"Every child needs to struggle. One of the teacher's great tasks is balancing the appropriate amount of struggle for each child each day."


I believe in beings. I do not worry about distinctions very much. I am equally comfortable referring to this voice as the voice of my guardian angel or perhaps the child's guardian angel or the voice of intuition, etc. Regardless, I trust that there are beings, of some ultimately incomprehensible nature that are forces for good. These good beings whisper to me when I am devoted and consistent in my contemplations. Many of the ancient masters taught this simple principle to their students: when the student is devoted and consistent, earnest in the pursuit of knowledge, insights, etc, then the teacher, the lesson, the insight must appear. It is a divine law of the universe. At least, it is a law according to many teachers and I believe this to be true.


So, we have two struggles before us that we must balance. We must find the appropriate balance of struggle for our students--not too little and not too much. Too little means too much comfort and no real learning. Too much means too much stress and no real learning. We also have the balance of struggle in this path of the teacher. The path of contemplation/meditation/prayer (call it whatever you feel comfortable calling it), is not without challenges. Can we be consistent? Can we be focused? Can we be open? Can we do all of this without feeling stressed, even when we do not yet hear that inner voice?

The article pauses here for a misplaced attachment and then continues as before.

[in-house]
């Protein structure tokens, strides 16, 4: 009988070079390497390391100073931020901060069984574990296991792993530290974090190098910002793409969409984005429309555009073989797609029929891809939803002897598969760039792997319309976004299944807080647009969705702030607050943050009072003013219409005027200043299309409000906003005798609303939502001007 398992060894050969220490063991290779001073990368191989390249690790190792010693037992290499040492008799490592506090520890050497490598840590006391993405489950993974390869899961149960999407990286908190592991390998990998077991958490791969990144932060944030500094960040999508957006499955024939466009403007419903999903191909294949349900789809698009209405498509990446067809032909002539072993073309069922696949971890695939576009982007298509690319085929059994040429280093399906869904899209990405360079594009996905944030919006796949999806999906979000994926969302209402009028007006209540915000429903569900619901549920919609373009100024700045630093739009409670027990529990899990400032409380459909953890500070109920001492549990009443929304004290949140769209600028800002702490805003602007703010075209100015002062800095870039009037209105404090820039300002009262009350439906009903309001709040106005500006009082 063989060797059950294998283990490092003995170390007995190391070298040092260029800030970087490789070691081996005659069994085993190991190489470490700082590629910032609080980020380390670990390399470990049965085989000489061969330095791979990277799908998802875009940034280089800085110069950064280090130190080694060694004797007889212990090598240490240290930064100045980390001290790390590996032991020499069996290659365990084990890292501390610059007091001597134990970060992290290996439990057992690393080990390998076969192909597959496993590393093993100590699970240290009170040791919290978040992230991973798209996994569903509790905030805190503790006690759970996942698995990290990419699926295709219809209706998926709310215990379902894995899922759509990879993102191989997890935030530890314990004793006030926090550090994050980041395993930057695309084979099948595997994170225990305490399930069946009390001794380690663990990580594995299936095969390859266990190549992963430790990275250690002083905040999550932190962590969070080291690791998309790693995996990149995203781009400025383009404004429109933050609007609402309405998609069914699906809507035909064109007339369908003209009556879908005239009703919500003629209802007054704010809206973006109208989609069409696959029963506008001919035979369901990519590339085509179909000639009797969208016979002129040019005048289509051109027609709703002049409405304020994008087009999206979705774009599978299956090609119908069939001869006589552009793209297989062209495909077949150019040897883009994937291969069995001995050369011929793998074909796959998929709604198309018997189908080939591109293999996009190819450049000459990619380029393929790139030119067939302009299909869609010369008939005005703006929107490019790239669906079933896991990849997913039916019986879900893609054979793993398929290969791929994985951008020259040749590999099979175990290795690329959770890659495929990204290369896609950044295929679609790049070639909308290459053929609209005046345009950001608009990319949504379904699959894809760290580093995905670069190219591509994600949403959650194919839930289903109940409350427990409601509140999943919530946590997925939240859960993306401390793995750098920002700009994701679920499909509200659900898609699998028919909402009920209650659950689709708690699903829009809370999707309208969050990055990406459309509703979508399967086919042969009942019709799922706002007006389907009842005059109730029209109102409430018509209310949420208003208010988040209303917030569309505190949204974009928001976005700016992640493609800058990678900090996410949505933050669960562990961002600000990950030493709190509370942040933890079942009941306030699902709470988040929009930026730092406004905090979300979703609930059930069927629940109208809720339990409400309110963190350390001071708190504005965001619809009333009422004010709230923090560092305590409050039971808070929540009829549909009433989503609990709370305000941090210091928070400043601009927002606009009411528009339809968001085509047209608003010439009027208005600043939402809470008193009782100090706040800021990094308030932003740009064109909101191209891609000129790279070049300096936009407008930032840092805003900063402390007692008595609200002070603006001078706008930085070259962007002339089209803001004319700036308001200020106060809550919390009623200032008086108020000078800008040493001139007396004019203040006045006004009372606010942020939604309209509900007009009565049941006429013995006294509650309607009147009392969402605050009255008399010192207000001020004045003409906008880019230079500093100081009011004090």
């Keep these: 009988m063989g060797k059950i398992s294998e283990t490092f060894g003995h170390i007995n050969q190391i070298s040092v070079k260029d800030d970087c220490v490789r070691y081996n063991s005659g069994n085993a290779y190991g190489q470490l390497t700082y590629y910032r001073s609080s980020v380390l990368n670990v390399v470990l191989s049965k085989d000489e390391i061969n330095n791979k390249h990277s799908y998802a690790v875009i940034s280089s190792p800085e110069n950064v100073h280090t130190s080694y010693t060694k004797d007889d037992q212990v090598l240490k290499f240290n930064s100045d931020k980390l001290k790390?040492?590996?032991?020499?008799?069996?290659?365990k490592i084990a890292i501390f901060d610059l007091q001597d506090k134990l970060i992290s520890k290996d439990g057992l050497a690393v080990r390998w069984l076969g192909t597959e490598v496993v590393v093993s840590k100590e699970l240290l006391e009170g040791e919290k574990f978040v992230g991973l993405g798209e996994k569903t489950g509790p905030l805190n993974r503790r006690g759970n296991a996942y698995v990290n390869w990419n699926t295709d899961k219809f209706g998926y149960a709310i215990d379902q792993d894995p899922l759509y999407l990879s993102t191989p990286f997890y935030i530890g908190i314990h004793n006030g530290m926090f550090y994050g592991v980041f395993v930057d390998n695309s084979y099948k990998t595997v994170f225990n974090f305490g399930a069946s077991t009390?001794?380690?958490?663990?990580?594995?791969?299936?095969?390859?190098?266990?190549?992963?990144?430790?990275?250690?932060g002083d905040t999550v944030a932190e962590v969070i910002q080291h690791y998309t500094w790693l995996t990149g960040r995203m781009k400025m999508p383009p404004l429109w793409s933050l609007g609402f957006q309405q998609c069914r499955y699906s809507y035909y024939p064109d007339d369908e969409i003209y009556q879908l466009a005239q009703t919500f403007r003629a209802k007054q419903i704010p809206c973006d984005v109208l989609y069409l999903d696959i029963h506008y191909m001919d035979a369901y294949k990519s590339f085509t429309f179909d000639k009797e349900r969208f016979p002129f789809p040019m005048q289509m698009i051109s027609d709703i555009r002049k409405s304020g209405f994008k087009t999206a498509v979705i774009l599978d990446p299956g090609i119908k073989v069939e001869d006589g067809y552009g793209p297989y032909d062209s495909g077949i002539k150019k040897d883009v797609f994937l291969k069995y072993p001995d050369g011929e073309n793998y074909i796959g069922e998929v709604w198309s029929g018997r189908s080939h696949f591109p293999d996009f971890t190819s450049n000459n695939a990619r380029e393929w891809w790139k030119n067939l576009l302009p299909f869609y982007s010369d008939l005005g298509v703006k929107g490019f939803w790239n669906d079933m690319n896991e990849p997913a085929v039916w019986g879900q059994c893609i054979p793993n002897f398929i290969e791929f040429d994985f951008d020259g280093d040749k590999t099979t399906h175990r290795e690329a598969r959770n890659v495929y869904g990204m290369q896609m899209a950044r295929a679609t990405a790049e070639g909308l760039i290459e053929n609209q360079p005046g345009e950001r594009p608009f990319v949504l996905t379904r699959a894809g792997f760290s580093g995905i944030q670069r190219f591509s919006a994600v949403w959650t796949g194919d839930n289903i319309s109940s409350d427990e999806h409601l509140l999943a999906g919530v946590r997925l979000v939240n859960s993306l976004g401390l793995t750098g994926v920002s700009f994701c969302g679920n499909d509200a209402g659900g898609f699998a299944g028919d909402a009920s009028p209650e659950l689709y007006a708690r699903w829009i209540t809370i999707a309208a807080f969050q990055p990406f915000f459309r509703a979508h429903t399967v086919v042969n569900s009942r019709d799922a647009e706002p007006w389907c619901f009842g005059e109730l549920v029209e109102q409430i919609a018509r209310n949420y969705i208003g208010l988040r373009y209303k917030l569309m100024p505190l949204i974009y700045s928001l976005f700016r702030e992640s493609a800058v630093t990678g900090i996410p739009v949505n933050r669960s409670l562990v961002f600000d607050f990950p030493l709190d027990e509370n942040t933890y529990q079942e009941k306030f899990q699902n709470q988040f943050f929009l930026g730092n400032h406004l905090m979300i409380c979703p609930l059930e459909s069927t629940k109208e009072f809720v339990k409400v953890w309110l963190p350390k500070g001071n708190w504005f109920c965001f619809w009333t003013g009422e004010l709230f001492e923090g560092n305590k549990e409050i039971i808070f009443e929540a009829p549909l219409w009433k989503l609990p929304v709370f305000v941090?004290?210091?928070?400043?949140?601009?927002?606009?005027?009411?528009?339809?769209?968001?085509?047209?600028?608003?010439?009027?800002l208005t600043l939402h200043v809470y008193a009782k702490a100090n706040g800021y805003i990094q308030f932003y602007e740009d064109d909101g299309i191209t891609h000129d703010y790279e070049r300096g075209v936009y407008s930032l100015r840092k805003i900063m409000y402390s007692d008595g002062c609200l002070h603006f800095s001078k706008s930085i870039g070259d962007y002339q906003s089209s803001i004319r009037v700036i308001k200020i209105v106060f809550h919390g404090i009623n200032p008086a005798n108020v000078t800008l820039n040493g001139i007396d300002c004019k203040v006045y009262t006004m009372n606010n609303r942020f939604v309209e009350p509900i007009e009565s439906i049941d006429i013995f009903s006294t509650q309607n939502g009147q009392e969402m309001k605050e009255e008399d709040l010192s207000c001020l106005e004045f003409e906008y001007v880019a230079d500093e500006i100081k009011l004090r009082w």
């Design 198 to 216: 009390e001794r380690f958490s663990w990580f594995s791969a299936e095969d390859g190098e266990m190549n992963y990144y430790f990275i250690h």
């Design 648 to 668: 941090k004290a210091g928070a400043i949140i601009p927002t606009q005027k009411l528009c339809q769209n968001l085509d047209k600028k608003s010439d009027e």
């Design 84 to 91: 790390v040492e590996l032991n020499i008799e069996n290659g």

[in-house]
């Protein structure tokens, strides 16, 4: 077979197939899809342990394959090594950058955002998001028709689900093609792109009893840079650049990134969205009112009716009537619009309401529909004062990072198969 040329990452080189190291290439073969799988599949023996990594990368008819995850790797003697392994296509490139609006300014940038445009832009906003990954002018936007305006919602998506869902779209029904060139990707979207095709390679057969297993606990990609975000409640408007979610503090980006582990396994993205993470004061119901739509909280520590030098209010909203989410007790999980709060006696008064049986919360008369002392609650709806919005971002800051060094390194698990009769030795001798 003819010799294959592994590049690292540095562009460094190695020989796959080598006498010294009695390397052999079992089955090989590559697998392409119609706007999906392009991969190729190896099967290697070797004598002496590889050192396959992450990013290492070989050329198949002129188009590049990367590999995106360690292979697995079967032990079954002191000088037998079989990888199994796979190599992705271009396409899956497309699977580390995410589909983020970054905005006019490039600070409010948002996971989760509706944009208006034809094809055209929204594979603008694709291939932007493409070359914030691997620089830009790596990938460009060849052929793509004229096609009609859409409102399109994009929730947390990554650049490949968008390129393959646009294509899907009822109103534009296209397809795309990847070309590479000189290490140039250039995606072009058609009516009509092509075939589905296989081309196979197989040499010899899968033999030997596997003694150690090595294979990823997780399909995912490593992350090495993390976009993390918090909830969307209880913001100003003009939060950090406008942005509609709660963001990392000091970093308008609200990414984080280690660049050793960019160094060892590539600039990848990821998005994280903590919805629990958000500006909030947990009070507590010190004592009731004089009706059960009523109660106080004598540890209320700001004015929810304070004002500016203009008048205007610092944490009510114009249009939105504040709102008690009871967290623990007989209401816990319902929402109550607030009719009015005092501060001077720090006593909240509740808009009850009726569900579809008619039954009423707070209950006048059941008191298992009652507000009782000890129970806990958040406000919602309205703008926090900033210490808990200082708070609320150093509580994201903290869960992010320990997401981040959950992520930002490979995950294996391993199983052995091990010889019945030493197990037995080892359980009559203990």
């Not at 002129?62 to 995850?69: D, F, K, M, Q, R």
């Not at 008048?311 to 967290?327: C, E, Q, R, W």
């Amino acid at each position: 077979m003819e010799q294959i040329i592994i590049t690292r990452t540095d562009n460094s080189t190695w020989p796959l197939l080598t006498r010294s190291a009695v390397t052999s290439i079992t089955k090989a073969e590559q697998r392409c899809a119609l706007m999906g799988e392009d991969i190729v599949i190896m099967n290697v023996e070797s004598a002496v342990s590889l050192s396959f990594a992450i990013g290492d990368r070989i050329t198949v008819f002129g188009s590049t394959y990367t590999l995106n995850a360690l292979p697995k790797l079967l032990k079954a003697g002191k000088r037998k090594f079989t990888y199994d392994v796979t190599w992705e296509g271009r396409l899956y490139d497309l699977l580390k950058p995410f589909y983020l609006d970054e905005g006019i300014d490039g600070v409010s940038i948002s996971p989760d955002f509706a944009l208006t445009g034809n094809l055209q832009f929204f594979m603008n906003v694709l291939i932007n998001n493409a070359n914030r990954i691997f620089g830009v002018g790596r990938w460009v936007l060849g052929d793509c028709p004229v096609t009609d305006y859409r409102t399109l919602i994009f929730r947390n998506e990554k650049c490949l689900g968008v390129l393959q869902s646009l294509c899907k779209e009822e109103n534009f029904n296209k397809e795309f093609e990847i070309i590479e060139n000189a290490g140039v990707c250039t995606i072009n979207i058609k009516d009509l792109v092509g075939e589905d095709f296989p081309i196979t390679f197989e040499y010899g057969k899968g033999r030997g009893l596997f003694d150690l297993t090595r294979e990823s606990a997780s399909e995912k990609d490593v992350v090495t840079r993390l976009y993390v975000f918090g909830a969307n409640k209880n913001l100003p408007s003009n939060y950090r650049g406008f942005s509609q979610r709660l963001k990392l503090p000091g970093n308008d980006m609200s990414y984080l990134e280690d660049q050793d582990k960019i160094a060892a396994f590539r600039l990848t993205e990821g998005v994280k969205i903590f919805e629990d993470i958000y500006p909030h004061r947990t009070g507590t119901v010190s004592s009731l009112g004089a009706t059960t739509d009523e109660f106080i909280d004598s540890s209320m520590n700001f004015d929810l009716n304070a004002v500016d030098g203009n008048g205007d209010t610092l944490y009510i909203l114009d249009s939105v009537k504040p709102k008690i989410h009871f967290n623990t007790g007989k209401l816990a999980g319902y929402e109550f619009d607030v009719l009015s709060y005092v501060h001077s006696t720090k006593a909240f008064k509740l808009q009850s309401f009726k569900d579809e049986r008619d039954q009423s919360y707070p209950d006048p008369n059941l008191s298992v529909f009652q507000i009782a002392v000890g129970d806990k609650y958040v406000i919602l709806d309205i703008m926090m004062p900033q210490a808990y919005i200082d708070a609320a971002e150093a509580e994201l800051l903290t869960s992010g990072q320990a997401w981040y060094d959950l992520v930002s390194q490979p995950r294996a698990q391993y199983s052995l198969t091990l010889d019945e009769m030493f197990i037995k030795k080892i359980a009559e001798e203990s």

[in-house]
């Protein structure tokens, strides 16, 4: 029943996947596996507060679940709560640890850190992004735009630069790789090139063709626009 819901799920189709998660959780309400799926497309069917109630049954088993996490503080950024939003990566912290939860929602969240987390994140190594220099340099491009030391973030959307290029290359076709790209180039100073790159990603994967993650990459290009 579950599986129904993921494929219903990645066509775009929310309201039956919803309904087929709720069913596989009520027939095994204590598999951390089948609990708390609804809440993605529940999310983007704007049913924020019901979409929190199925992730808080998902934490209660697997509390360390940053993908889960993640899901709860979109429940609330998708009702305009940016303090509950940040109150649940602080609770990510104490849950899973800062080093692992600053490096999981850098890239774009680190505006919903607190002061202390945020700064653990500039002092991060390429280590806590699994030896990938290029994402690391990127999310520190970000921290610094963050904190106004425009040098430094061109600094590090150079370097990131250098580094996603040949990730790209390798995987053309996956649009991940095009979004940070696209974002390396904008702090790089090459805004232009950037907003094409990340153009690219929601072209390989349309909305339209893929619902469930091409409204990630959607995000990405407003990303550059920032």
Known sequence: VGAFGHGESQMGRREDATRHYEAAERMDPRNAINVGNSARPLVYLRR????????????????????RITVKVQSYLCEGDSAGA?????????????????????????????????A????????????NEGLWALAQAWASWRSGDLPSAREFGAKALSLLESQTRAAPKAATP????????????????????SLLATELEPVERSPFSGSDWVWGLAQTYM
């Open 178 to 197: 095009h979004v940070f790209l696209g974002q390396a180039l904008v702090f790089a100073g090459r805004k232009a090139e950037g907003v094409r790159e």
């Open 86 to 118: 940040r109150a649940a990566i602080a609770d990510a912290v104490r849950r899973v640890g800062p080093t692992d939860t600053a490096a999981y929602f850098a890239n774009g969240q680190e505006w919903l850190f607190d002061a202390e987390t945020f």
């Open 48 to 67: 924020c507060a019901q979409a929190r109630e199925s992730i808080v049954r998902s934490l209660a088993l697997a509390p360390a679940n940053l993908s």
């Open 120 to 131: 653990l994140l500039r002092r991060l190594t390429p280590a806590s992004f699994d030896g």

As a beginning teacher, I struggled mightily and I certainly felt stressed at times. Slowly I learned that stress was something I had to manage within myself. I had to continue showing up to contemplate, even when there seemed to be no voice answering my questions or providing me with insights. It was a test of faith, of perseverance, of dedication--a test of my will. Also, it was a time of learning. I was learning to have a new relationship with a being (or beings) with whom I had not really related before, or perhaps I had not related to them since I was a child. It took me some time to understand how the voice speaks and how I had to listen. I am still learning this way of communication, this path of teaching. I have resolved myself to the path and not any particular destination. As I become more comfortable in the discomfort of struggle, I become more able to help others such as students with their struggles, knowing when to allow them to struggle, and when to offer some help, fully aware that too much help can be just as hindering to their learning as too little.


I hope that these pictures can be helpful considerations for you.